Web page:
What sets apart a dacoit film from any other kind of action adventure? According to director Abhishek Chaubey, it’s simply that the violence in a dacoit or bandit movie is “not sexy". The characters are dressed in torn, tattered clothes. They shoot guns wildly and the bullets do not make neat, penetrating wounds in just the right place. At one time, the bandit movie was a thriving genre (particularly in the 1960s and 1970s), with films like Ganga Jumna (1961), Mera Gaon Mera Desh (1971) and Sholay (1975) romanticizing dacoits. Biopics like Bandit Queen (1994) and Paan Singh Tomar (2012) are among a handful that were made when Chambal had become largely free of bandits.

Chaubey’s last film was the 2016 multi-starrer Udta Punjab. Sonchiriya, his fourth film as director, is written by Sudip Sharma and Chaubey and stars Sushant Singh Rajput, Manoj Bajpayee, Bhumi Pednekar and Ranvir Shorey. Edited excerpts from an interview:

The film is set in Chambal in the 1970s and tracks a group of bandits. What else can you tell us about ‘Sonchiriya’?

It’s the story of intra-gang rivalry but primarily it is Sushant’s (character’s) story. He has the conventional hero’s journey. The ensemble cast comprises five primaries and each one has their own arc. Bhumi’s story lies at the core of the film. Dacoits did loot and kidnap, and it’s true that some rabid gangs were just criminals, but some gangs were doing things out of a sense of duty and a sense of dharma. The question the film asks is, what is the dharma of a bandit? These are sociopolitical, existential questions of faith.

You have described this as your most male film yet. Is that a function of the genre?

It is a film about bandits and though we all know about Phoolan Devi, you can count the female bandits that existed in Chambal in the 20th century on your hands. Back in the 1970s, which is when the film is set, it was an even more male-dominated society than it is today. Women had very little agency and their roles were very clearly defined, leaving them little scope to do anything outside of those boundaries.

The film is “male" in the sense of the dominance of male characters—the bandits, police force, etc.—but hopefully not in what it is trying to say about complex issues such as gender discrimination and caste discrimination.

Does the story mix fact and fiction?

Yes, it derives a lot from what was happening at that time. It is based on research, and it is larger than life because many of the dacoits were fighting for life, death and honour. (Two years ago) Sudip met Daku Mohar Singh, who was 85. He had surrendered in the 1970s and served time. We met a number of policemen who fought bandits all their lives. It was crazy what the bandits—or rebels, as they called themselves—lived and fought for. Many became bandits because they faced discrimination and injustice. Their faith is so strong. They believe in the afterlife, so death is nothing to them. Honour is everything.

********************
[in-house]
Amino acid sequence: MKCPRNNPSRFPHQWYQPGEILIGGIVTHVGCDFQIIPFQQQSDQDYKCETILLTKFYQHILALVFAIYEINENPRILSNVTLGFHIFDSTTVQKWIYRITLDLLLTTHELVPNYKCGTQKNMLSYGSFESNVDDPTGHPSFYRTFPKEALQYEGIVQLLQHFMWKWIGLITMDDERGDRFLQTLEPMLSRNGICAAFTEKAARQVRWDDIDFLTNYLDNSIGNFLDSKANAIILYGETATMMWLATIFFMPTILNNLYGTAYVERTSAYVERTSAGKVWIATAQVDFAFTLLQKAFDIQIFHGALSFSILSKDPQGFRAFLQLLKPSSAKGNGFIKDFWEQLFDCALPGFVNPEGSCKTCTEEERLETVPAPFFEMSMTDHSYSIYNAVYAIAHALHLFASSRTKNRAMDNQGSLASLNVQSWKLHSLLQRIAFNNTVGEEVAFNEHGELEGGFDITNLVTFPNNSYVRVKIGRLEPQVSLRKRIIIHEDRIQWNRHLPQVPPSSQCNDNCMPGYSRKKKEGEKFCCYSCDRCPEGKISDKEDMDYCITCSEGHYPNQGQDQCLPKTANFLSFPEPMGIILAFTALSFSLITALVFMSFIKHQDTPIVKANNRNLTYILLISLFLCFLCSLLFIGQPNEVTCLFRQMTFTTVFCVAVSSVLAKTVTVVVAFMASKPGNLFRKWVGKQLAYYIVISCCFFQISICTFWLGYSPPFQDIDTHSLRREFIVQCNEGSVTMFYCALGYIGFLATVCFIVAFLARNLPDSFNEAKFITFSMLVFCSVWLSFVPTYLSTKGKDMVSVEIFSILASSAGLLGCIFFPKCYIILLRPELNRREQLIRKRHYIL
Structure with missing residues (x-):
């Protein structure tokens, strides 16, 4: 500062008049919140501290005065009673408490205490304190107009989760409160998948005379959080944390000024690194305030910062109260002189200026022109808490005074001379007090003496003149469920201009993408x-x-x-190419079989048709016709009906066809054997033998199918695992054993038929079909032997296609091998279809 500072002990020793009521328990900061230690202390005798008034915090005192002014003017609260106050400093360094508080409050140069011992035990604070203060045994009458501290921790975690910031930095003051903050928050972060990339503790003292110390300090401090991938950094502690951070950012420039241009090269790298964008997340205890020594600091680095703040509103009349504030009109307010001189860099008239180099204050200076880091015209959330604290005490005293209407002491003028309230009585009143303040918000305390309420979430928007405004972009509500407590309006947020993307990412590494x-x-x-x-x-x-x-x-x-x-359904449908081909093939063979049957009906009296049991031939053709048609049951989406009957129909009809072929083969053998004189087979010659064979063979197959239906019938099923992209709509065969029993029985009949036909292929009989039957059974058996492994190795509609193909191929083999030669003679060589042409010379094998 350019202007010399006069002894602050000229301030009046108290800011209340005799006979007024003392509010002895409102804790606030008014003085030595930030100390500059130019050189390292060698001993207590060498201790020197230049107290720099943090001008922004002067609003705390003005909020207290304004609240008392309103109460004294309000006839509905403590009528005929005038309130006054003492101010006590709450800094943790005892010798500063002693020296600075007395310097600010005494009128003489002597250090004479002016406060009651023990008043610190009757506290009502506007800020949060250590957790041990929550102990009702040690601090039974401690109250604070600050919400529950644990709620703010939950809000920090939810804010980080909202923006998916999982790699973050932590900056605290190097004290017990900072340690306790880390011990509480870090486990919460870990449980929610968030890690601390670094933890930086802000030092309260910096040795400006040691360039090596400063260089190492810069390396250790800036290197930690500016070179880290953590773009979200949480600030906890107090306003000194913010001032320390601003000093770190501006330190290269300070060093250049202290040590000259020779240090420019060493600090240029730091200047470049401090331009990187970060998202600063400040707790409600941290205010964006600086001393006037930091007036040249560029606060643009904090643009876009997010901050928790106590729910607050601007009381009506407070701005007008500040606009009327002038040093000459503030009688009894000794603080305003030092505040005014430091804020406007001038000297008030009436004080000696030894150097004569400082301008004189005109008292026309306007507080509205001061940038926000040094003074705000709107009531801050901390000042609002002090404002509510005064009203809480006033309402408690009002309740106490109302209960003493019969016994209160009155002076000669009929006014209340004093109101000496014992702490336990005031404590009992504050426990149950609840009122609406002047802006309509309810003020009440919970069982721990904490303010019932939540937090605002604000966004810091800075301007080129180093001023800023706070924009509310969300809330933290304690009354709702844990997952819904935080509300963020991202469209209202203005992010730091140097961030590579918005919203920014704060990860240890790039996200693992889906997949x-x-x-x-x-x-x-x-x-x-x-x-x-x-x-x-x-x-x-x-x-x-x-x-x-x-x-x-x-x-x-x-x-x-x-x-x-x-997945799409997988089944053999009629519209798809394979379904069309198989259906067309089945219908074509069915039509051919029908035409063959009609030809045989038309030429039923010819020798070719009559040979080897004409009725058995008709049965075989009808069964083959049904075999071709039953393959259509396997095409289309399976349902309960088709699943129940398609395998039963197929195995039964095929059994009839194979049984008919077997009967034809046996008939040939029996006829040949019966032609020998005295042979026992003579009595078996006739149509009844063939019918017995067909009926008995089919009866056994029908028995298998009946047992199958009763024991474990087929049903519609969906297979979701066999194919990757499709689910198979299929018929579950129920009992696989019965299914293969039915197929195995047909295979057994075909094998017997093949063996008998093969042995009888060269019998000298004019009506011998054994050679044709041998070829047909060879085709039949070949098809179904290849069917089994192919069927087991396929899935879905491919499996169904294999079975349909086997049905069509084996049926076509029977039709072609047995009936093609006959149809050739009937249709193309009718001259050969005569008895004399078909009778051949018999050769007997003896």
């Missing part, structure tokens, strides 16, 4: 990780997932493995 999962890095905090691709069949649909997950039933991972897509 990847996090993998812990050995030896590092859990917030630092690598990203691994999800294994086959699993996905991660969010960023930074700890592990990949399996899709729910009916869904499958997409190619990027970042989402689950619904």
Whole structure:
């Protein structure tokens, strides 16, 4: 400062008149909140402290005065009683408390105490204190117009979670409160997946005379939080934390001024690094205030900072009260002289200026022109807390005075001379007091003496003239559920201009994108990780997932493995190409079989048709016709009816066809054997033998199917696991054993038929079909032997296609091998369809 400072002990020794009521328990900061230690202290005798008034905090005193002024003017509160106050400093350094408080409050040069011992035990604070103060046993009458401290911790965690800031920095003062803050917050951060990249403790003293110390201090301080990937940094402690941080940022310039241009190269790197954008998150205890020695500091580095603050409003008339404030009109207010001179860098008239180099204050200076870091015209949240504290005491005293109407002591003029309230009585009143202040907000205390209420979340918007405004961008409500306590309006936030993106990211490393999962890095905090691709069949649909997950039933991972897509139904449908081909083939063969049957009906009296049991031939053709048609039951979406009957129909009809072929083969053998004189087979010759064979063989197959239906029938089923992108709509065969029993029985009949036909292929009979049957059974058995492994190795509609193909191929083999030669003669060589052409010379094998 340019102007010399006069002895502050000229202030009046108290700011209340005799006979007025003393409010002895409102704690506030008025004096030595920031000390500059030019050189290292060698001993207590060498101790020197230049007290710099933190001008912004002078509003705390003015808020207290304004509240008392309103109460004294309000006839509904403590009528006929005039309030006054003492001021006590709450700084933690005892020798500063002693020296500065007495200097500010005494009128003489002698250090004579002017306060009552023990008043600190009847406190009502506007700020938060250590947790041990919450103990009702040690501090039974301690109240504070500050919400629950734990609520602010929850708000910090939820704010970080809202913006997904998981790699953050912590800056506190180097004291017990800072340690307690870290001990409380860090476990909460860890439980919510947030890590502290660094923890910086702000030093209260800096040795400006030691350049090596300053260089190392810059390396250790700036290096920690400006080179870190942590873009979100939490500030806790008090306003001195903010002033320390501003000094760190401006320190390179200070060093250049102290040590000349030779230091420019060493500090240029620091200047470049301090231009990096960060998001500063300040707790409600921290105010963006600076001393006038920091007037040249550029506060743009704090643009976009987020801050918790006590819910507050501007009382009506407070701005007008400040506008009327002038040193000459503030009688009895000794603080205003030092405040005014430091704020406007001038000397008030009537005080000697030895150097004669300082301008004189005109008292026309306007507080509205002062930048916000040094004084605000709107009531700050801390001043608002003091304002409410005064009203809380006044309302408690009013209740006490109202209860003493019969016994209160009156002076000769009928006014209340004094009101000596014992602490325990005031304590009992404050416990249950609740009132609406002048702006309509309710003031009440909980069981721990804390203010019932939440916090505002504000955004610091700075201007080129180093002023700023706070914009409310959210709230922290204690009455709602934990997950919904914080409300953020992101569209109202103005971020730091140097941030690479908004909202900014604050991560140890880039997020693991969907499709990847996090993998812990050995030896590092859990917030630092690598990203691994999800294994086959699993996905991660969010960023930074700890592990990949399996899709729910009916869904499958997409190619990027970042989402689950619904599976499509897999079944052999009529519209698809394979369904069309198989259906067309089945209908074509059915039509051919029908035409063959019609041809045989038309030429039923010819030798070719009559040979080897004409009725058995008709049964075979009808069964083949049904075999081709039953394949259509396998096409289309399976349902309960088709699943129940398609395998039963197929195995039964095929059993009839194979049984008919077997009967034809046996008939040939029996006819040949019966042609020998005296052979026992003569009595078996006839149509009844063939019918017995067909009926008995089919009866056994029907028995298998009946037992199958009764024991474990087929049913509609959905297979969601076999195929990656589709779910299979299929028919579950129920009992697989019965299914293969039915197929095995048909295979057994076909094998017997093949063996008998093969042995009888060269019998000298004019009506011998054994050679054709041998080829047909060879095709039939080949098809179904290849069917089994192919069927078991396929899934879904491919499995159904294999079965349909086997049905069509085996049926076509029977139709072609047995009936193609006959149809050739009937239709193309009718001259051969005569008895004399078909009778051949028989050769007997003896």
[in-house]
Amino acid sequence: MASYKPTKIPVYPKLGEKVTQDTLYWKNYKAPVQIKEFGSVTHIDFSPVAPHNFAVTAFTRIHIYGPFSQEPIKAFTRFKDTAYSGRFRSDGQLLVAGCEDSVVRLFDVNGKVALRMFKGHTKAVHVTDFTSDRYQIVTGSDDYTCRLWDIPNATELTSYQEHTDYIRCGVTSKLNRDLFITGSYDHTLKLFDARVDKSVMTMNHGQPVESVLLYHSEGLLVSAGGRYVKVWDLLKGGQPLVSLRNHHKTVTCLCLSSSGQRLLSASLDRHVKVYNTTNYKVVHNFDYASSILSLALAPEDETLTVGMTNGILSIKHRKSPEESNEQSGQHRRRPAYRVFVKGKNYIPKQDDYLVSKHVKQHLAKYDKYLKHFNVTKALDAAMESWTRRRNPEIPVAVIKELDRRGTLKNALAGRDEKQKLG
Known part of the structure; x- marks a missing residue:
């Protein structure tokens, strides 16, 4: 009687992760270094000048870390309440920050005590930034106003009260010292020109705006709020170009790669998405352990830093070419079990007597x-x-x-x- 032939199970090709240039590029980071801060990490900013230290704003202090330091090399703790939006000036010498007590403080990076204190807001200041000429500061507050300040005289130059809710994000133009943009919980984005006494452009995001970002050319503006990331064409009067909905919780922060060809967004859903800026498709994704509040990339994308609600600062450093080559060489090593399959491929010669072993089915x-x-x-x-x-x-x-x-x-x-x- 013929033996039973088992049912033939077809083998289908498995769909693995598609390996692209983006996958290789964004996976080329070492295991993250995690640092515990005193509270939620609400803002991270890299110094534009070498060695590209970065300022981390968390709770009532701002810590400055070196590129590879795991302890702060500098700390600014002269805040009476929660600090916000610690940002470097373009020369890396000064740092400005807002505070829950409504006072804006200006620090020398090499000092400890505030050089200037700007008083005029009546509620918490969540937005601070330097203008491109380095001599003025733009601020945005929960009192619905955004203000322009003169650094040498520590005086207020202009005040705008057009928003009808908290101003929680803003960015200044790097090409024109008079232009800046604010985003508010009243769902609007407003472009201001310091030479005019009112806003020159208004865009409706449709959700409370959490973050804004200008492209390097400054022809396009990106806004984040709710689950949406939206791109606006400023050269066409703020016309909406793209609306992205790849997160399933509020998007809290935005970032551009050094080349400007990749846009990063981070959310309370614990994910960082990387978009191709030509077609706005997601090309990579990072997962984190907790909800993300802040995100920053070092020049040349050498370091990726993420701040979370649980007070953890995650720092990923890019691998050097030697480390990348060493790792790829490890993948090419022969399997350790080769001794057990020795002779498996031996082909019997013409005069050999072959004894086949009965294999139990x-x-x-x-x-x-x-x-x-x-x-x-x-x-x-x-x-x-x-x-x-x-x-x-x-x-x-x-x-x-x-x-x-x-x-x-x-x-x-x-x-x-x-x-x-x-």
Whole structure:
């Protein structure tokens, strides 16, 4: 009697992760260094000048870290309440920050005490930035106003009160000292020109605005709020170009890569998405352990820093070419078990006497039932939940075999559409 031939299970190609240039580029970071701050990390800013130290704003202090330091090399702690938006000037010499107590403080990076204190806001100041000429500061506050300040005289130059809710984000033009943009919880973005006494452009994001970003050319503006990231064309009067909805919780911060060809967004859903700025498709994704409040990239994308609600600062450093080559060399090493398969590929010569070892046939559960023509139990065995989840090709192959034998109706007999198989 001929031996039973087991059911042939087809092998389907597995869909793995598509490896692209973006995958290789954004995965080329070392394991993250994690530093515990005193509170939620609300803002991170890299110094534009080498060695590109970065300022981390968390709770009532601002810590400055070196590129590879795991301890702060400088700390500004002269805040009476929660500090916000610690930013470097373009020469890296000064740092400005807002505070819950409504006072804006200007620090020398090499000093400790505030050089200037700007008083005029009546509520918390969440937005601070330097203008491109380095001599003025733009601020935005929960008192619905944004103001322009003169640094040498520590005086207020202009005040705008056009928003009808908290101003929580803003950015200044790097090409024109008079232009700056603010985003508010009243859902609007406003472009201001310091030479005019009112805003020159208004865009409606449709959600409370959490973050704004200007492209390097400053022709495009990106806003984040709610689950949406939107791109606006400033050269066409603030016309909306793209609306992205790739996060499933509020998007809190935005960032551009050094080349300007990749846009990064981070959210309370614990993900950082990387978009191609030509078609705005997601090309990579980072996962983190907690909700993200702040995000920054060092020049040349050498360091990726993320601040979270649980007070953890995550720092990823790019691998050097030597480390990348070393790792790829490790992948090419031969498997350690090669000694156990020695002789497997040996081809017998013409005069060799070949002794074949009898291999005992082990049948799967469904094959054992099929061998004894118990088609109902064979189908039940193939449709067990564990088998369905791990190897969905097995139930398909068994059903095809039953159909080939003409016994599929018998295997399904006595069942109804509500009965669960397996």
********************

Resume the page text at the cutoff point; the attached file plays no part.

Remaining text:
Setting it in 1975 is significant too.

Yes, because it was like the last hurrah. More than 1,000 gangs operated in the heyday of the 1940s and 1950s. The big gangs, or militia, had over 200 members. By the 1970s, there were still hundreds of gangs but the government was already cracking down on them, with surrender being the most effective way out. There is nothing nice about being a bandit. We can glamorize it, but it was a hard life.

Chambal is hard terrain and shooting there was also very gruelling. It’s a huge region traversing four states. We shot mostly in Rajasthan and a little in Madhya Pradesh.

Why do you think the once-popular dacoit movie petered out in India while the equivalent Western genre persists in Hollywood?

The Indian daku films were great, but at that time the bandit did not exist solely in the jungle—they existed in Punjab and UP too. Dacoits were more prevalent in the first half of the 20th century and stayed on in Chambal till very late. Some Indian bandit films, like Sholay, were directly inspired by Western films. Sunny Deol’s Dacait (1987) was one of the first films to shoot in Chambal.

Perhaps more films are not made because it is not easy to shoot in Chambal, but the culture is fascinating, the characters are crazy and the stories are so rich. Maybe film-makers are not more attracted to the genre because these stories are not sexy in the conventional sense.

What do you mean?

So, when we talk about action movies, the natural import is that this film is going to have very sexy violence; it’s going to make violence look good. But the Chambal and that life, that violence, is very unsexy actually, because all you are trying to do is to stay alive. And the bullet doesn’t hit you very neatly in the heart. It hits you on your cheek or in your testicles. It is just ugly.

Shooting the action was very complicated. There were 40-50 people on one side, and 40-50 people on the other, all firing at each other and running. It can get very confusing in coverage. We choreographed and storyboarded everything thoroughly to give a sense of chaos. But it is not sexy. It is brutal, and we made it look like that.

There are many ways of interpreting the title.

Sonchiriya is a fairly common given name and we decided to name one character that. Yes, it is a beautiful bird (Great Indian Bustard) found in that region, which is also endangered. Breaking the word down, it is “gold bird". In the film, we used sonchiriya in a more abstract way. Here are these extremely violent criminals who are facing some serious questions of identity and finding their inner truth so that their life makes some sense and has some worth.

Sonchiriya releases on 1 March

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